Before hearing Archbishop Desmond Tutu speak at the “Be The Spark” conference in Tacoma, Washington, WMD was privileged with the opportunity to meet the Archbishop for an hour-long conversation.
The meeting gave WMD an opportunity to share our vision with the Archbishop and ask for his support. He agreed to make a short video on the healing and transformative power of saying “I’m sorry” and consented to have a few pictures taken of him with us. When asked what we could do for him, he laughed and said, “You can help me find 30 million dollars to build a peace center in South Africa.”
Being in the presence of Desmond Tutu was like standing in a light breeze. When asked what he thought of our project he said, “I think you are crazy, and courageous. What you are trying to do is bring people to their higher self. We are giants, yet we want to be dwarfs.”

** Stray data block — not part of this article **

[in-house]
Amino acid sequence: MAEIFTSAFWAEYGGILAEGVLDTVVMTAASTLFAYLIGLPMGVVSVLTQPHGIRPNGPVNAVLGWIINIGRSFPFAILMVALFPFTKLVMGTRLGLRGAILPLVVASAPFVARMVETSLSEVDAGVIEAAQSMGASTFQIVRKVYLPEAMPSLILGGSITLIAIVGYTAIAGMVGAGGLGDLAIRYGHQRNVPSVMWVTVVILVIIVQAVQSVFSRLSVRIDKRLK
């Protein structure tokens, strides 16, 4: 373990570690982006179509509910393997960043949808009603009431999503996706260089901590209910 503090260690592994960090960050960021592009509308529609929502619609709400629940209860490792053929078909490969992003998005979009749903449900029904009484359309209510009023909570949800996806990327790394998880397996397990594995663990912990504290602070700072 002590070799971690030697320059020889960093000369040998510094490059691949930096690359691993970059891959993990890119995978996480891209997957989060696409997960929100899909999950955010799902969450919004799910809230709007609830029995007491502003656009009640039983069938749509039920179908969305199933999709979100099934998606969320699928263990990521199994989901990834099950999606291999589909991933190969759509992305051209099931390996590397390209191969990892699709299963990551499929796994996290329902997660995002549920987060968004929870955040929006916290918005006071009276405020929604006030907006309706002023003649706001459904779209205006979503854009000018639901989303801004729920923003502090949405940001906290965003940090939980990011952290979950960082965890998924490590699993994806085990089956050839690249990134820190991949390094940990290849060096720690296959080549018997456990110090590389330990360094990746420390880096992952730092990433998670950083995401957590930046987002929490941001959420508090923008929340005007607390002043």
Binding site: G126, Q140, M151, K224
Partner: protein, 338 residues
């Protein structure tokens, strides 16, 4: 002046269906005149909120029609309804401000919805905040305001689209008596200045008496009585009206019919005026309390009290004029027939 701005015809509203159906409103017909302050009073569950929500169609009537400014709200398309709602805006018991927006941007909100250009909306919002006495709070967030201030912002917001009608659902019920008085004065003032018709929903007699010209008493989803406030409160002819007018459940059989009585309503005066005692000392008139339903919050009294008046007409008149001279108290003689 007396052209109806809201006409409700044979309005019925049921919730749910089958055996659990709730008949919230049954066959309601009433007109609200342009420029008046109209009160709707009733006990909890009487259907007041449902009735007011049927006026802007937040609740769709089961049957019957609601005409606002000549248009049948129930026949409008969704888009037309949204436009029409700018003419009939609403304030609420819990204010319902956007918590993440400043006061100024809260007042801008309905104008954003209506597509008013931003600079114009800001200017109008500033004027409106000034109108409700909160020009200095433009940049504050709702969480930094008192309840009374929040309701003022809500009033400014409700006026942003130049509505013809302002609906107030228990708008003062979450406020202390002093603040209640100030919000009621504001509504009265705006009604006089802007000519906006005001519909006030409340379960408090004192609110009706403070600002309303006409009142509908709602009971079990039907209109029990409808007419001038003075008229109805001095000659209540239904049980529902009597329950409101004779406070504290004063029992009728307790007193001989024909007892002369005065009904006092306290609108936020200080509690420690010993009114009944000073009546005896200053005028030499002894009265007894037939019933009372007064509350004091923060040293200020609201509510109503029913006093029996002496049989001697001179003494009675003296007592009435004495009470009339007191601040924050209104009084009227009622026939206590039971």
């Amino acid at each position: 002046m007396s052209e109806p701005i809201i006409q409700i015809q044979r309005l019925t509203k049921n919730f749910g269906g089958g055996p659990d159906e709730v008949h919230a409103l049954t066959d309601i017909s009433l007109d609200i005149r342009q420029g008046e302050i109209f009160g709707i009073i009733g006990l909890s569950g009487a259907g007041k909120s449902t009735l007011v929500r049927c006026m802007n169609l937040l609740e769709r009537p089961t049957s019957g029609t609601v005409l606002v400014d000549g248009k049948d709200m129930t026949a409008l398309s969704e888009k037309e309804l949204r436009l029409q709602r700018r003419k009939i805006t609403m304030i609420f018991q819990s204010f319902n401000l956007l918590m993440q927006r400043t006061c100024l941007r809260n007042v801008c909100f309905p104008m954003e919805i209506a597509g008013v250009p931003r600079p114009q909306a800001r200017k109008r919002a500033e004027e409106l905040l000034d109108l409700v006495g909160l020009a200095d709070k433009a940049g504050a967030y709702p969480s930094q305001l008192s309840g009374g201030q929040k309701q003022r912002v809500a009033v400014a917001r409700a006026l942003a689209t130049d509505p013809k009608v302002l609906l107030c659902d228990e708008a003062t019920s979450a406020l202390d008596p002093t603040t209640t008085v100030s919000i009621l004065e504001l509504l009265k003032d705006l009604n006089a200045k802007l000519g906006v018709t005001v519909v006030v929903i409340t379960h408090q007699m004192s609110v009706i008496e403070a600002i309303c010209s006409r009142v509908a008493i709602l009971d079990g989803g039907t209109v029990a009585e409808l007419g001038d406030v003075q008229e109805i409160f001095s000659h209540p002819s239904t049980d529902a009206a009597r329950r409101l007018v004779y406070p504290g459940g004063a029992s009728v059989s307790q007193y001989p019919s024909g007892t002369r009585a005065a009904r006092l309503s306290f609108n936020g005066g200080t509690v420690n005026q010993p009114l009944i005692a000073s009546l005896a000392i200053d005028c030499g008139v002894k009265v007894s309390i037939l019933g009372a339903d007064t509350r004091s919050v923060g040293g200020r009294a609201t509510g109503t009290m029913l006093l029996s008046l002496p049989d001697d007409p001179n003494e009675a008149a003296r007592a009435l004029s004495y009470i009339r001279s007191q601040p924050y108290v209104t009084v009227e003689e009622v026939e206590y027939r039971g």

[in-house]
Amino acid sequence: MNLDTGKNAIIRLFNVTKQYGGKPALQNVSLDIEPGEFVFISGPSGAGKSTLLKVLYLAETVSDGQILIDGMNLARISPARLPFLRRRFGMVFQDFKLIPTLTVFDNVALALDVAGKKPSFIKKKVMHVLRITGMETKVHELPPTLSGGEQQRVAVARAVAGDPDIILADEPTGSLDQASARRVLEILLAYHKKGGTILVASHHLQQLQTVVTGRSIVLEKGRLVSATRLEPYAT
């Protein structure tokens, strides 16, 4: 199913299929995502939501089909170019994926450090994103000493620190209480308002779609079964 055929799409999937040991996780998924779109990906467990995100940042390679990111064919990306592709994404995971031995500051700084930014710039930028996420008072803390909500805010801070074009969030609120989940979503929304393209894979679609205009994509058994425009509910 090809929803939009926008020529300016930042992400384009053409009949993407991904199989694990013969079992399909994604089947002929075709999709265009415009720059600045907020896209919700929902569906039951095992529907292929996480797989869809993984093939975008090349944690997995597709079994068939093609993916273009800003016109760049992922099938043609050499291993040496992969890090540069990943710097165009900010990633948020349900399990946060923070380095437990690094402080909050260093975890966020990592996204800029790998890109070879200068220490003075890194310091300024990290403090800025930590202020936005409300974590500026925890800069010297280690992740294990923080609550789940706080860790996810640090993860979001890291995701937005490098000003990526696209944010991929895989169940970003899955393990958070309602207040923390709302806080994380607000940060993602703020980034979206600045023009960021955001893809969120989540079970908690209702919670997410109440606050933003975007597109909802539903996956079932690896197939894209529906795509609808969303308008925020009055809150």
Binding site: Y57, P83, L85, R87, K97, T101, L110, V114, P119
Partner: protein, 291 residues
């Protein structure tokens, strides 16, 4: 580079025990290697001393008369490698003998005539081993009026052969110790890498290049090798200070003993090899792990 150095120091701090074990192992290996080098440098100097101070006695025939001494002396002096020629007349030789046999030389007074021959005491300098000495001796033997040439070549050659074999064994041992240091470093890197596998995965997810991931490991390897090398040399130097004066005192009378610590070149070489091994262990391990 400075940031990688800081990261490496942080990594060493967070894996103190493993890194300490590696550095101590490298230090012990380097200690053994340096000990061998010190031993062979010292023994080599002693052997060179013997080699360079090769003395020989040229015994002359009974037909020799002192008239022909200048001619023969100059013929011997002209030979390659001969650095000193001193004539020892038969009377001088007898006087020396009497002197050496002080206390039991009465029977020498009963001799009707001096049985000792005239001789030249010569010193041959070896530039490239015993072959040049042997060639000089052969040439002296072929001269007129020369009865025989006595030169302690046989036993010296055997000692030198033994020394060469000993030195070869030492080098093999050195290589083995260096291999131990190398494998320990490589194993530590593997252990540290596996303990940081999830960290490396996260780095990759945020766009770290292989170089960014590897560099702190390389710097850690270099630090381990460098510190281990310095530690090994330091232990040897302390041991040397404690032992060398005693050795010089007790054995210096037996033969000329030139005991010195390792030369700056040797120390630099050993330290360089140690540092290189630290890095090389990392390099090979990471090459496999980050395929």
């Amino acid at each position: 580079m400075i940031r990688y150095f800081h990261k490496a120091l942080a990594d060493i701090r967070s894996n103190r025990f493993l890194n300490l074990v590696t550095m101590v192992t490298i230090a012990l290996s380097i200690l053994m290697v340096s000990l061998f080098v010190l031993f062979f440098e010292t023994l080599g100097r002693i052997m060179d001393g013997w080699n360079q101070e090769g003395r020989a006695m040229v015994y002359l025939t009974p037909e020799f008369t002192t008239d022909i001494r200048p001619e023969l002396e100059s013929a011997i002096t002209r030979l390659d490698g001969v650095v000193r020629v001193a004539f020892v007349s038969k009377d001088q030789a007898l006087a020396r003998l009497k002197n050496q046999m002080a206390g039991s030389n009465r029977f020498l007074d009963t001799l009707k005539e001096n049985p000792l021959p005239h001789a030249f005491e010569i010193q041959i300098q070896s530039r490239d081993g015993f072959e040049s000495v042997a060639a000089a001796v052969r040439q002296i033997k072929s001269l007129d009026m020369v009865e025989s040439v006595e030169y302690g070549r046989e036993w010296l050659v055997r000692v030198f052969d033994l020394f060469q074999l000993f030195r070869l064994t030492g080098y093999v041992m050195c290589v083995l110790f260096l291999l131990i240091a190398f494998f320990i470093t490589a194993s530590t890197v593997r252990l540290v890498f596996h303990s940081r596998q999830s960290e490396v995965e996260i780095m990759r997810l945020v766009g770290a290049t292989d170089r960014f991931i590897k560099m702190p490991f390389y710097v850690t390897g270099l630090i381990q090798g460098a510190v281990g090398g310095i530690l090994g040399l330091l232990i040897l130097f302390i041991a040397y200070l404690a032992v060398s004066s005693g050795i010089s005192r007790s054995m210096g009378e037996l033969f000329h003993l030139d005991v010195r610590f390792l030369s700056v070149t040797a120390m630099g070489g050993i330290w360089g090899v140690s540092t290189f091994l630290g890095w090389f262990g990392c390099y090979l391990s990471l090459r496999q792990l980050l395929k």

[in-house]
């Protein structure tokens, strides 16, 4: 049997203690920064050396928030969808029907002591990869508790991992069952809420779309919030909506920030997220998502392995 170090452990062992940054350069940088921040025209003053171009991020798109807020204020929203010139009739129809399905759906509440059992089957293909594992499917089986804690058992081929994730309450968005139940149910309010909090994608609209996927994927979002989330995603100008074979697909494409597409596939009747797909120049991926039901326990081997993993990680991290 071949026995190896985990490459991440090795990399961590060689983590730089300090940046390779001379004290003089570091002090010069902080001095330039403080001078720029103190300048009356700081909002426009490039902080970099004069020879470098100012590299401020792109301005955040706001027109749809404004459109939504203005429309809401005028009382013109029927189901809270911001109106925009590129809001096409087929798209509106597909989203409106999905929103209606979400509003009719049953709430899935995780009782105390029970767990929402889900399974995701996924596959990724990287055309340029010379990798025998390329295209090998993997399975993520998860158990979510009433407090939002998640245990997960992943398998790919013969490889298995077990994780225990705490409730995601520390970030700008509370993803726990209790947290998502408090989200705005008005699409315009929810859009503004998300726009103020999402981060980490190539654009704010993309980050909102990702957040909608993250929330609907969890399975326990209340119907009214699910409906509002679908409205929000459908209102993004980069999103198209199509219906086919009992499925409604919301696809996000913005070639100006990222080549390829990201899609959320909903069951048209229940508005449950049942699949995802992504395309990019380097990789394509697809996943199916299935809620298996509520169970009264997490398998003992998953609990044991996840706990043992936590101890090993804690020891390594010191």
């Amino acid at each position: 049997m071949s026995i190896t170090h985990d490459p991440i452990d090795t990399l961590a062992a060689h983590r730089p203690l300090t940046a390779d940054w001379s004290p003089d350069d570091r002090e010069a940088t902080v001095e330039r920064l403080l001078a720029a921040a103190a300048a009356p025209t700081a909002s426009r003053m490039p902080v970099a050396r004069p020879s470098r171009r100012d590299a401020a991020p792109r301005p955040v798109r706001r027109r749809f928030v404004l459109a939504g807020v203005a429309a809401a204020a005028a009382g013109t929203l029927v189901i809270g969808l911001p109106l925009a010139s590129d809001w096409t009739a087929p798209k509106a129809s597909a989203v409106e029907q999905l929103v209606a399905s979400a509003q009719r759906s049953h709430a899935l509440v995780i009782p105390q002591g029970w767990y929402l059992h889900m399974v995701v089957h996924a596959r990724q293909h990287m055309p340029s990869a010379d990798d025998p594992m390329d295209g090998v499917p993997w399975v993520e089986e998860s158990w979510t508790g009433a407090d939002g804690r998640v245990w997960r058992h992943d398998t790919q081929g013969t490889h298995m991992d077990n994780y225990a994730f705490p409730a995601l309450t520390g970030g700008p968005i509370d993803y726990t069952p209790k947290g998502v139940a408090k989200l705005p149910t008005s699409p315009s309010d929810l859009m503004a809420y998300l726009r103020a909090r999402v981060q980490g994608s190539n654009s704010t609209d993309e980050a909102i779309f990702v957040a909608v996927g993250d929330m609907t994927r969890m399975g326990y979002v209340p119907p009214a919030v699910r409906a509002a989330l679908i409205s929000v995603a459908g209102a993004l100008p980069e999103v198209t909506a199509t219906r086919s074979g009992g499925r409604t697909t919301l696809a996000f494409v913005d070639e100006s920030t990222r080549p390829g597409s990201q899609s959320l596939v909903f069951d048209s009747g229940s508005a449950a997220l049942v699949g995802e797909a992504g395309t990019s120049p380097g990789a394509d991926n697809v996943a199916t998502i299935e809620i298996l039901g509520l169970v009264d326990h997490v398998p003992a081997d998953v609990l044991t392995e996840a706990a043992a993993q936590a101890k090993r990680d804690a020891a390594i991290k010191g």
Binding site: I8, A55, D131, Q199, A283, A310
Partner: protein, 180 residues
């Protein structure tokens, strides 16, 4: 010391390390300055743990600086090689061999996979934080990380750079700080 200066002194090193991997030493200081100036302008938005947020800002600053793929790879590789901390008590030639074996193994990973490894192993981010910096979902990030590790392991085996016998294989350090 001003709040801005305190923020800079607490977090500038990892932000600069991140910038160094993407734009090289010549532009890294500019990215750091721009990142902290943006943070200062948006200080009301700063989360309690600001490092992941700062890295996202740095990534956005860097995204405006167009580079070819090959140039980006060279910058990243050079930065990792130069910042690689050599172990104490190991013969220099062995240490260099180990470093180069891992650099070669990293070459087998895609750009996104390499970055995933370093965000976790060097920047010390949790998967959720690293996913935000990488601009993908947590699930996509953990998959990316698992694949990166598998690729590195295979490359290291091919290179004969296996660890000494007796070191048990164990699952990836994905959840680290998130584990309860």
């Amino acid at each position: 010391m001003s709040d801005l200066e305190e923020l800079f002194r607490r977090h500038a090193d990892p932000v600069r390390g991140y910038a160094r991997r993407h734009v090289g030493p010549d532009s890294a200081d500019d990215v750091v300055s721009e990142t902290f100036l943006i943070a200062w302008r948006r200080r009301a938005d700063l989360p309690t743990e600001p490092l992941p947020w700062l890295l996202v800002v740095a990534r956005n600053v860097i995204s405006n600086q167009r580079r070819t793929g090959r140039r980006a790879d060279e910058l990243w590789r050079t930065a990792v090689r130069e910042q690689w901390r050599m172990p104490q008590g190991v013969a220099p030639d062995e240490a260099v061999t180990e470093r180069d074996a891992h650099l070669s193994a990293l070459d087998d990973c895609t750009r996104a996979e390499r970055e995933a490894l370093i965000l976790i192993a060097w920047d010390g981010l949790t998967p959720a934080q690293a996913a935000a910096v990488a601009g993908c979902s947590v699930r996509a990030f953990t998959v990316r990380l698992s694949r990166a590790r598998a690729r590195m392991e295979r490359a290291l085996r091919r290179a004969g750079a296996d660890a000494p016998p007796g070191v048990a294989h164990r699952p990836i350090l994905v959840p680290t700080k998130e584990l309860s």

In November of 2008, immediately after the election of President Obama, Amy Goodman interviewed Archbishop Desmond Tutu and asked if he had any advice for the new president. The Archbishop suggested it “would be wonderful if, on behalf of the American people, the President could apologize to the Iraqi people.” The entire clip of the program begins with an excerpt of Tutu giving his advice to President Obama.
It was this interview that inspired Steve Garber, President and founder of the WMD Foundation, to begin his quest, via social media and video, to start the “I’m sorry” project on a grass roots level.
The WMD has extended this project to include American soldiers, coalition soldiers, their families and all who have suffered pain and/or loss as a result of the war in Iraq.